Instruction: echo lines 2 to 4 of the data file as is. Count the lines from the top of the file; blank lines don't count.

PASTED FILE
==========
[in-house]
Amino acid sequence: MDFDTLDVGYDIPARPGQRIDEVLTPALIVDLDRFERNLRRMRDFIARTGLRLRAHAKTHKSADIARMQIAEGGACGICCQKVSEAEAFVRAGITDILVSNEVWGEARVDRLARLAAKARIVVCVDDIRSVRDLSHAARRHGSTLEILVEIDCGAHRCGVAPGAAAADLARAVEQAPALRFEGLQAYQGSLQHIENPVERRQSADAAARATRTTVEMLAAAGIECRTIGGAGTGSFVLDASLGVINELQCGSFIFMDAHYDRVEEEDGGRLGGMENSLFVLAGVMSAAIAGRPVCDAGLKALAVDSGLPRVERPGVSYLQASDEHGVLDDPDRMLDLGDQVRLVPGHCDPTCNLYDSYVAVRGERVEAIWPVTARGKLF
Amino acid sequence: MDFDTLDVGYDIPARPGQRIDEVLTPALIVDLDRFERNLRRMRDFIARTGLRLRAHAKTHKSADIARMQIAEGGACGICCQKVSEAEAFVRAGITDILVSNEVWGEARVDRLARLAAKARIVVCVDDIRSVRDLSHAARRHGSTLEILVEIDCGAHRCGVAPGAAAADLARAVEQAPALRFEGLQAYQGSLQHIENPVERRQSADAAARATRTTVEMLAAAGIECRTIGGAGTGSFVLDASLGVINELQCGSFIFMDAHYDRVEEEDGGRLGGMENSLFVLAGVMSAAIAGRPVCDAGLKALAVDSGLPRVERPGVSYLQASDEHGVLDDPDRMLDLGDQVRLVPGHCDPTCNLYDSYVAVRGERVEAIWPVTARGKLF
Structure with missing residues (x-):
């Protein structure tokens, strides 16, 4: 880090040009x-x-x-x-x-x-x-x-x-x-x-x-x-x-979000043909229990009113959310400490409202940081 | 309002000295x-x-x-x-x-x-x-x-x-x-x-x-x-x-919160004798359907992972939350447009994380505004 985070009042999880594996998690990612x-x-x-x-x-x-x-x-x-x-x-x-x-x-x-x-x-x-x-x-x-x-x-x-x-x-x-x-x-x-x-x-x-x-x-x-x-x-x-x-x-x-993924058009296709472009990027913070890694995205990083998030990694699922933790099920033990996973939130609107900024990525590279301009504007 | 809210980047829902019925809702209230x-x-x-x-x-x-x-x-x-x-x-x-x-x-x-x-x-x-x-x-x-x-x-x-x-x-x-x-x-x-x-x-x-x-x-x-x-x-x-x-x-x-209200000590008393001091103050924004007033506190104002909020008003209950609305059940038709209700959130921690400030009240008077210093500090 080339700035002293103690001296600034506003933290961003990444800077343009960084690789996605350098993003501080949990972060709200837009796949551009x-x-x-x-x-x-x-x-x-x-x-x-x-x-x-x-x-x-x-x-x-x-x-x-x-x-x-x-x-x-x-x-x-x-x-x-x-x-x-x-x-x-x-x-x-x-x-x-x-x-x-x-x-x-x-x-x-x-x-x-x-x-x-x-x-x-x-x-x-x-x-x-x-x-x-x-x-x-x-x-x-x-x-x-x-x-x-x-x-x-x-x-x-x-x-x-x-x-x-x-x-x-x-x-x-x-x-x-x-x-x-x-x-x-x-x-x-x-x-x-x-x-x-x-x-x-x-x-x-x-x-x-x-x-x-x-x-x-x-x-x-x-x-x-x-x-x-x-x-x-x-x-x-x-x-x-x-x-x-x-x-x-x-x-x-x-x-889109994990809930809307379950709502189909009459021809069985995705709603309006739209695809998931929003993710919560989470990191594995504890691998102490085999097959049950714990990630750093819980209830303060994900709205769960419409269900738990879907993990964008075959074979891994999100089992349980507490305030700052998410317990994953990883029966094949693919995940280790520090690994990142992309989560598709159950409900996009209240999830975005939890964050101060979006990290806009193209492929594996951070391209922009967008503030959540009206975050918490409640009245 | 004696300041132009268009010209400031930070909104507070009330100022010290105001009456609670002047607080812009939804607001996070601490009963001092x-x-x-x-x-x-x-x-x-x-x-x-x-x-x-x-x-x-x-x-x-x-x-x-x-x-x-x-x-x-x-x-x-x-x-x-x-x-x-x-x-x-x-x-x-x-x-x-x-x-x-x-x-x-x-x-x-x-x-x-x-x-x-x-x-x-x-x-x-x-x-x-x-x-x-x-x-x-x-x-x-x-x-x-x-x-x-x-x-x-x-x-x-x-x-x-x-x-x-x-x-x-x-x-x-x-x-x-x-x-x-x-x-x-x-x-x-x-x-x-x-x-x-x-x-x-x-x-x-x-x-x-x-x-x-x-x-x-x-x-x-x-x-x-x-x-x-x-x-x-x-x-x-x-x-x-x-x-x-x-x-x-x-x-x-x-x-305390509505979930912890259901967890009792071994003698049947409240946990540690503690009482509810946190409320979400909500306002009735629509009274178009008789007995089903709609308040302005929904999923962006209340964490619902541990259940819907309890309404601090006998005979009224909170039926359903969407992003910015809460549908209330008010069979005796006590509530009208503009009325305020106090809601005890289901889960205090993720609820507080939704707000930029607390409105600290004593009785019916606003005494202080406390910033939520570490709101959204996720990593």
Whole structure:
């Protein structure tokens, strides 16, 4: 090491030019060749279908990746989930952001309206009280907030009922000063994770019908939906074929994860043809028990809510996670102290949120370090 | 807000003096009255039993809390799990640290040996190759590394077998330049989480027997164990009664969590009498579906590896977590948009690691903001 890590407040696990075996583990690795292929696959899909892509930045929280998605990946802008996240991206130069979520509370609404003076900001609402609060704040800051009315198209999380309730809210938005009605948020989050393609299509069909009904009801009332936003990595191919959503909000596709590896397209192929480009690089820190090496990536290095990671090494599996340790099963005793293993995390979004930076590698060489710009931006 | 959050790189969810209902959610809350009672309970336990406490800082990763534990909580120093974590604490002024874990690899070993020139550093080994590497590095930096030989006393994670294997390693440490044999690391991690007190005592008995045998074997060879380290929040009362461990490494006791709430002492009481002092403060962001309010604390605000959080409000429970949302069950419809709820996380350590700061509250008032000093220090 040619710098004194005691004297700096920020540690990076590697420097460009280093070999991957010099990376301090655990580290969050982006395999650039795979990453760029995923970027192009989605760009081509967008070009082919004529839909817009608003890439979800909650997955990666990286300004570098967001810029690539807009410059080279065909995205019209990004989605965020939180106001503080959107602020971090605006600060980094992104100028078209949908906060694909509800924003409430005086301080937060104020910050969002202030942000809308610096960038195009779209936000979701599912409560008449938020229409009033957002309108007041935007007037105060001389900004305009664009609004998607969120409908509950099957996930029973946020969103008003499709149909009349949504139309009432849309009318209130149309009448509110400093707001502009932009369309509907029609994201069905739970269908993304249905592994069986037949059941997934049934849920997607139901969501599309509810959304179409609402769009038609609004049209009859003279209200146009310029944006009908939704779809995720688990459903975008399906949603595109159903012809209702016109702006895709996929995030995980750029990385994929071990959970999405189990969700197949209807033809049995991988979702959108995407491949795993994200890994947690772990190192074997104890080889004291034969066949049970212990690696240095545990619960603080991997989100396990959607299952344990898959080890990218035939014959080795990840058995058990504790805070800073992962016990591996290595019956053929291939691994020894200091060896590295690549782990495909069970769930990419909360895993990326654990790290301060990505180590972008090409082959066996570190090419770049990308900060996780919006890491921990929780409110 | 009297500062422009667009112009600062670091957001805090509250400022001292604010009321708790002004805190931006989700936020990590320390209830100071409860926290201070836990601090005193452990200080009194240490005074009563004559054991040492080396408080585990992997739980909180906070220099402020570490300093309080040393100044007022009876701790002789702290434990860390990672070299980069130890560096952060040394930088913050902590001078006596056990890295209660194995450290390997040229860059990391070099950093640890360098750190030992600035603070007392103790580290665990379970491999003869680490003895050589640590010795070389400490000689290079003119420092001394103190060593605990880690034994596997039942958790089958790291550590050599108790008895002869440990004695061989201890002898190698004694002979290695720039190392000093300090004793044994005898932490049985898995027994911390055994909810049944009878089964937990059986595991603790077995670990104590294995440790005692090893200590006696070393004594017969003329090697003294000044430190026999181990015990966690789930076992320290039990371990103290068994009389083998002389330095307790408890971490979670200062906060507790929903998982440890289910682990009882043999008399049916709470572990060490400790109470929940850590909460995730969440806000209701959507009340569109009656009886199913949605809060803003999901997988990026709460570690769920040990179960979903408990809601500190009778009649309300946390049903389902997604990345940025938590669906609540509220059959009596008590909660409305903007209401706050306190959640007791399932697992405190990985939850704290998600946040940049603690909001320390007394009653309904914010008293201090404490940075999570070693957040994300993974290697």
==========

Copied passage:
Amino acid sequence: MDFDTLDVGYDIPARPGQRIDEVLTPALIVDLDRFERNLRRMRDFIARTGLRLRAHAKTHKSADIARMQIAEGGACGICCQKVSEAEAFVRAGITDILVSNEVWGEARVDRLARLAAKARIVVCVDDIRSVRDLSHAARRHGSTLEILVEIDCGAHRCGVAPGAAAADLARAVEQAPALRFEGLQAYQGSLQHIENPVERRQSADAAARATRTTVEMLAAAGIECRTIGGAGTGSFVLDASLGVINELQCGSFIFMDAHYDRVEEEDGGRLGGMENSLFVLAGVMSAAIAGRPVCDAGLKALAVDSGLPRVERPGVSYLQASDEHGVLDDPDRMLDLGDQVRLVPGHCDPTCNLYDSYVAVRGERVEAIWPVTARGKLF
Amino acid sequence: MDFDTLDVGYDIPARPGQRIDEVLTPALIVDLDRFERNLRRMRDFIARTGLRLRAHAKTHKSADIARMQIAEGGACGICCQKVSEAEAFVRAGITDILVSNEVWGEARVDRLARLAAKARIVVCVDDIRSVRDLSHAARRHGSTLEILVEIDCGAHRCGVAPGAAAADLARAVEQAPALRFEGLQAYQGSLQHIENPVERRQSADAAARATRTTVEMLAAAGIECRTIGGAGTGSFVLDASLGVINELQCGSFIFMDAHYDRVEEEDGGRLGGMENSLFVLAGVMSAAIAGRPVCDAGLKALAVDSGLPRVERPGVSYLQASDEHGVLDDPDRMLDLGDQVRLVPGHCDPTCNLYDSYVAVRGERVEAIWPVTARGKLF
Structure with missing residues (x-):